My standing room in Block E 2 was, to put it bluntly, a good seat. It prevented me, for example, from seeing the full impact of the first scene of the 1974 World Cup final – after all, there were about a hundred and thirty metres between me and the spot where Uli Hoeneß left his leg out against Johan Cruyff. Of course, the news of the catastrophe somehow got through quickly to Block E 2: The referee blew his whistle for a penalty, Johan Neeskens scored, the loudspeaker announced the new score, and I let my trunk hang down to my feet in my standing position. But then, at the kick-off circle, which wasn’t all that far away, I saw Müller, who voluntarily wore the unlucky number 13 on his back due to his poorly developed superstition, and with his innate beer calm, the Bomber clapped his hands and shouted that I could almost hear it all the way up in Block E 2: “Let’s go, Uli – 89 minutes to go!”

That was Gerd Müller’s one good deed on that historically valuable day. The other, forty-two minutes later, was his 2:1. After that, we were world champions – and are now celebrating the 30th anniversary, albeit somewhat more subdued than the Miracle of Bern ’54.

That was a different story, from a different time. In 1974, the first millionaires in shorts were already standing on the pitch – no more haggard war returnees balming the sore soul of a flattened nation. Back then, Herberger’s heroes would have carried the goalposts onto the pitch, strewn the lines with sawdust and blown up the ball in order to be allowed to win – they were still other heroes, and their bonuses were still refrigerators, washing machines and gift baskets of food.

To cut a long story short: The Dutch were better on that 7 July 1974 in Munich, but they had no Hölzenbein. It was probably our hook-kicking Hesse who later inspired the poet Salman Rushdie to write the wonderful lines: “Swallows in the penalty area are like a sleight of hand, but good swallows are great art. A good swallow is like a salmon that leaps up, turns and falls back into the water. A good swallow is like the swan dying.”

Bernd Hölzenbein’s against the Dutch was so perfect that, although the rascal lay down right in front of my Block E 2, I wondered for a moment whether it was a swallow at all. Many years later, on the occasion of a DFB anniversary banquet, Schalke’s Olaf Thon was standing in the toilet next to Hölzenbein at the pissing trough and suddenly said, in the middle of the mutual trickle: “Bernd, I think you can give it.” But either way, the main thing was that Paule Breitner’s penalty afterwards was in.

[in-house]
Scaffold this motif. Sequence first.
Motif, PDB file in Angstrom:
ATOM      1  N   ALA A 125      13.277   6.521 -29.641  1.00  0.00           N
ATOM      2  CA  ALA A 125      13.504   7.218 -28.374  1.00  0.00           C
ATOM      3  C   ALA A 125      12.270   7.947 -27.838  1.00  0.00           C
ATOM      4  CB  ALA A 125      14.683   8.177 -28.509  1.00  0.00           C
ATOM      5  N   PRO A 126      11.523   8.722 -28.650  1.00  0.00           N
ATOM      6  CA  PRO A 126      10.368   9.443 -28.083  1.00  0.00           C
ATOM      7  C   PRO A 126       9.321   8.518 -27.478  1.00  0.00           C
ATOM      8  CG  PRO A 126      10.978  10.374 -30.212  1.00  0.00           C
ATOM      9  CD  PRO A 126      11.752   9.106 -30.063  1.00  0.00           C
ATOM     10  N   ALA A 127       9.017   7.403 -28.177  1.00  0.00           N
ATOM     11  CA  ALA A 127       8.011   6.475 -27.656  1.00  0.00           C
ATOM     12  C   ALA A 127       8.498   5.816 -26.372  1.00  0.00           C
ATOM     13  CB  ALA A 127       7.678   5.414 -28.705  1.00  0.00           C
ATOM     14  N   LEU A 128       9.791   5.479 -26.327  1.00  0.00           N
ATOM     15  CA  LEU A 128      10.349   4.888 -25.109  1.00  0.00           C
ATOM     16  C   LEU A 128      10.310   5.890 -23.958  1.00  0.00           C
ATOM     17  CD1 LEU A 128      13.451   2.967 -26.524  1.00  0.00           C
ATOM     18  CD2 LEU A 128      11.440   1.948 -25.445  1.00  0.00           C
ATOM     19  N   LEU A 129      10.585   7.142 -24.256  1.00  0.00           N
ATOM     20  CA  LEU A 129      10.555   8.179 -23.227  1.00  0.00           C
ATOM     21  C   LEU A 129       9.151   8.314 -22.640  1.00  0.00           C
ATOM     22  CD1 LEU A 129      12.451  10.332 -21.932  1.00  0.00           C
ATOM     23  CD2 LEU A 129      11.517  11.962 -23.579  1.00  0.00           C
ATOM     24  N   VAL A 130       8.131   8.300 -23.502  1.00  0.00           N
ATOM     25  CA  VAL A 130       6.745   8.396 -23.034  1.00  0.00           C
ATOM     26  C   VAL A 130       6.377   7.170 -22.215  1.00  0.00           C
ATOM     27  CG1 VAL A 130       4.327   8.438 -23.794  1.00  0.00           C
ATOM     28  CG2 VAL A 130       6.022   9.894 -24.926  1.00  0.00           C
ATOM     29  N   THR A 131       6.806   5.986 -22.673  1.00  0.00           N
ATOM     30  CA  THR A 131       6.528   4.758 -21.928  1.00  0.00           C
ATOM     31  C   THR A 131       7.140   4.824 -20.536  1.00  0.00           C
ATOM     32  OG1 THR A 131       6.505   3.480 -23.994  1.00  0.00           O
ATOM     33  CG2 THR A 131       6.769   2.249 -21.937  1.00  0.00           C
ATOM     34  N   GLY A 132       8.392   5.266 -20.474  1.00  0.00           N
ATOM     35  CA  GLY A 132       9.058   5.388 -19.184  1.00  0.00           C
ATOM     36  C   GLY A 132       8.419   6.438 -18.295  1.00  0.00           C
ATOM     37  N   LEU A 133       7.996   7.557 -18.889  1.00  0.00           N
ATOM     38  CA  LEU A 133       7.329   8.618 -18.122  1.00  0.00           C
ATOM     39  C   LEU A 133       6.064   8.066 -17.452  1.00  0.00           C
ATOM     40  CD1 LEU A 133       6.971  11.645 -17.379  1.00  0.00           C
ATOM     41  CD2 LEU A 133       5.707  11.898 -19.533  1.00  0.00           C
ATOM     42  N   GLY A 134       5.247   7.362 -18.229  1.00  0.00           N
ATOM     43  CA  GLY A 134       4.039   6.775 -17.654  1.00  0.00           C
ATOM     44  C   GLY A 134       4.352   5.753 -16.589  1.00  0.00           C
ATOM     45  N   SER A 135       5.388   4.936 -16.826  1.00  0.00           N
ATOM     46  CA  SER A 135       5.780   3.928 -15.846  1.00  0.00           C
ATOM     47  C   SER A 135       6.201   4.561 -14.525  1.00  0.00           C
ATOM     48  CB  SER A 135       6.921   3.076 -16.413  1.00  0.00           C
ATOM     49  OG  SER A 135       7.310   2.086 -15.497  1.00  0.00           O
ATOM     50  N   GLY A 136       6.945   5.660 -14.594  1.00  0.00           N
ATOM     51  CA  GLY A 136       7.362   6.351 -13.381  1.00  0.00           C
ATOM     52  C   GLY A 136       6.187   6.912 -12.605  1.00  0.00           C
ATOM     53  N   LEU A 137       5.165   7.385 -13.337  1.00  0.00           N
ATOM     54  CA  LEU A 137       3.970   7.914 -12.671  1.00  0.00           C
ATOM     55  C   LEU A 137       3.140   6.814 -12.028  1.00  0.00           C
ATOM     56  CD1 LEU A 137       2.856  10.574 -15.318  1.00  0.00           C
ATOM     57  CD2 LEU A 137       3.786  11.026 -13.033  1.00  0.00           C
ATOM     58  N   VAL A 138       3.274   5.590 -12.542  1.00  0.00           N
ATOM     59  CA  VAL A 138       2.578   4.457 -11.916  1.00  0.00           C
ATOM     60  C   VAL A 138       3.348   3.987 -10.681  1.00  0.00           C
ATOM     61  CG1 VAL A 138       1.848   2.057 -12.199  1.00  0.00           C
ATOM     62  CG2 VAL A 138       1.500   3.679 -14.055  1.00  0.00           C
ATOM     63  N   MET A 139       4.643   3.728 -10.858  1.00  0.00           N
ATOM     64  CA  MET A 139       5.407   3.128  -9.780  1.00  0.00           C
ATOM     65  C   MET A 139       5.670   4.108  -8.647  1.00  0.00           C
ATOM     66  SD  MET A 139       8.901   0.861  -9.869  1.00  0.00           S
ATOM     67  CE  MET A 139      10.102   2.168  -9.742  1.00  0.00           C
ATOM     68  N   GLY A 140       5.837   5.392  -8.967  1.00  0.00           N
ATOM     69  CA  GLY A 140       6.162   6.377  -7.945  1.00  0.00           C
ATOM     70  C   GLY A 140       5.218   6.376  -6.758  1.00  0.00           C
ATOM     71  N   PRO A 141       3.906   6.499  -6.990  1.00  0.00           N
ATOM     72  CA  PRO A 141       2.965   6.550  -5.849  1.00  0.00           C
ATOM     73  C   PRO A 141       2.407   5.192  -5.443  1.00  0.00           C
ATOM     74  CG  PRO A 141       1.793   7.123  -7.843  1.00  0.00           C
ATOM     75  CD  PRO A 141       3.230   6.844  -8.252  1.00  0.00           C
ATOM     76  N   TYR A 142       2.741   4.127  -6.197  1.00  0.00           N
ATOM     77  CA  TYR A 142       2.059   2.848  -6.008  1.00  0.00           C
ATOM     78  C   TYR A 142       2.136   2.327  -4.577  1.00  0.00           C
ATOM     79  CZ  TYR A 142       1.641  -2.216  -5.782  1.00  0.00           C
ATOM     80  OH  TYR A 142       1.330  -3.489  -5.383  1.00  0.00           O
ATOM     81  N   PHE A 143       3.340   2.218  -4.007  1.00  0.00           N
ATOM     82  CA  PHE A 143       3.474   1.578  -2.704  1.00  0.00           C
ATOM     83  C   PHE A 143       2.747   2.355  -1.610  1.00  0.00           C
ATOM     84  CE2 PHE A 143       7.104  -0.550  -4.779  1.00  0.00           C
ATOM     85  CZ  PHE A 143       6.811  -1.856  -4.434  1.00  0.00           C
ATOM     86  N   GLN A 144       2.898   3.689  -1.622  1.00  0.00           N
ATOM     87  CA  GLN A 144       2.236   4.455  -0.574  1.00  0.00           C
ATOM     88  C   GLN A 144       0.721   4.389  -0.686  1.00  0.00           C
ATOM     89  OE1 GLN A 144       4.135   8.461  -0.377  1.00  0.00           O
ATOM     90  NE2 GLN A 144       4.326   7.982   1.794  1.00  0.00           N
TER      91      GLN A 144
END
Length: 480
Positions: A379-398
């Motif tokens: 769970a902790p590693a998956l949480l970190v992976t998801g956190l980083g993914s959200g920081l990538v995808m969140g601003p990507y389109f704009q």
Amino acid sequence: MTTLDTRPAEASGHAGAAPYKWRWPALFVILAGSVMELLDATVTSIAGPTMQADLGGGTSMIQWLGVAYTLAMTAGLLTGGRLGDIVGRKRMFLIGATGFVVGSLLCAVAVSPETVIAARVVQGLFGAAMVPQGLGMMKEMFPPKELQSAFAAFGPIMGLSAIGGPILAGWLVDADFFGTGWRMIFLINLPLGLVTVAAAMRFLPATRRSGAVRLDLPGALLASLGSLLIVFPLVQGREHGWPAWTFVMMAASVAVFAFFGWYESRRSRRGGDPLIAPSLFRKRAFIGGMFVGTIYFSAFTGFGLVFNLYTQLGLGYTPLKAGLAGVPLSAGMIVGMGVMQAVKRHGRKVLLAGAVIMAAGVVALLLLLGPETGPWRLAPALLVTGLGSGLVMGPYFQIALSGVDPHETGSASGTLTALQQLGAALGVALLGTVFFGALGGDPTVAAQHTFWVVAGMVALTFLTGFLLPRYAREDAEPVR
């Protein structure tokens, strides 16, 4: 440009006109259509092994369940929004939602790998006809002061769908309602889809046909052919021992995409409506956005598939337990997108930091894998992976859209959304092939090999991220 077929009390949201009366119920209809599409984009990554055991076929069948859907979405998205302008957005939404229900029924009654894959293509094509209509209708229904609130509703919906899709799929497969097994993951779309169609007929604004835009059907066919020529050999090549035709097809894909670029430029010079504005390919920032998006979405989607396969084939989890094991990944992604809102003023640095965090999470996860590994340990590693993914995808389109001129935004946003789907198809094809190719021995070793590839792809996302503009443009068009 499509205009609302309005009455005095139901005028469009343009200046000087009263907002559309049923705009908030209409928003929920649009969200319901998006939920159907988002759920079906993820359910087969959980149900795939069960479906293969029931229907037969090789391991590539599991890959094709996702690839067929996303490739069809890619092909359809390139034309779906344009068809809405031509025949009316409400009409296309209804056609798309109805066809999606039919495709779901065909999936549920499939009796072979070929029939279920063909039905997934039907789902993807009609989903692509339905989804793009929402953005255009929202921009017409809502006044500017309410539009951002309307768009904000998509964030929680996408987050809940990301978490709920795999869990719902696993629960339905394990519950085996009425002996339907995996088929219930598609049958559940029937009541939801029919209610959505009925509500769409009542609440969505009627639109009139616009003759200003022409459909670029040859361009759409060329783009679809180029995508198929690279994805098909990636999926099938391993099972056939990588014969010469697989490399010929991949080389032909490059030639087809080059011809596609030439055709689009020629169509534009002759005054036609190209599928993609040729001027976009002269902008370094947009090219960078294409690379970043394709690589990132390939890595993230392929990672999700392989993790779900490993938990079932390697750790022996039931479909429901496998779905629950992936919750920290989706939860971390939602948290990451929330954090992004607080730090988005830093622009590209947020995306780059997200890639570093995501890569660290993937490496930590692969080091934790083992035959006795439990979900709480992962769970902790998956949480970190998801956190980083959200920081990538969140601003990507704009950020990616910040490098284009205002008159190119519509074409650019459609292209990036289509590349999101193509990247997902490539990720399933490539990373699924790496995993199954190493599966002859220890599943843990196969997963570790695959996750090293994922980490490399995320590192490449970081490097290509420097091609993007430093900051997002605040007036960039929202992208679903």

The Dutch, hat’s off, were great. But we had our Seppl again, as in 1954, this time not as coach but in goal, before him Berti drove the great Cruyff to madness and self-sacrifice, and Katsche Schwarzenbeck, the Kaiser’s cleaner, was constantly thrown by Franz Beckenbauer as a rock in the surf of the Dutch attacking waves. But above all, we had our “bomber of the nation”, who was in truth the nation’s dustman – his goals always came out of nowhere.

On 7 July 1974, did even one of us 80,000 in the Olympic Stadium seriously see Müller on the ball before he struck just before half-time? As a surviving eyewitness from Block E 2, I can still describe the incident at first-hand today: Bonhof goes diagonally upright in front of my eyes, drives the ball flat and blindly inside, Müller stops it with his back to goal, hopelessly so, but suddenly he puts his Swabian butt out, turns around his own butt cheek, and the rest he had already sung about on record shortly before: “Then it goes boom…”

As if unleashed, Block E 2 collectively fell into each other’s arms at this moment, and exhausted by the cruel, nerve-racking, second-half onslaught of the Dutch on the goal right in front of us, we sank to our knees at the final whistle like our bomber Müller – unfortunately, he lit a fat cigar at the banquet in the Hilton in the evening, puffed away with Breitnerpaule and declared his resignation.

Apart from that, it was a fantastic day.

If only because of the Fischer choirs, who provided the musical framework for this great match in the Olympic Stadium and whom I still can’t praise enough thirty years later – for it was the case that Gotthilf Fischer had the best idea of his life the day before the match. One Remstalian washes another’s hand, so the great choirmaster said to the little local reporter B., who was still a special reporter for his district newspaper at the time, focusing on Fischer choirs, without further ado: “Come with me, guys, we’ll get you a ticket for the final.

And then also in the corner where the goal was scored by Breitnerpaule and Bomber Müller, and Hölzenbein over the outstretched leg of Wim Janssen. At the fiftieth anniversary at the latest, I’ll get out the dusty ticket again, and the grandchildren will be flabbergasted with awe: “You were there, grandpa?”

You bet I was. Gotthilf even waived the 15 marks.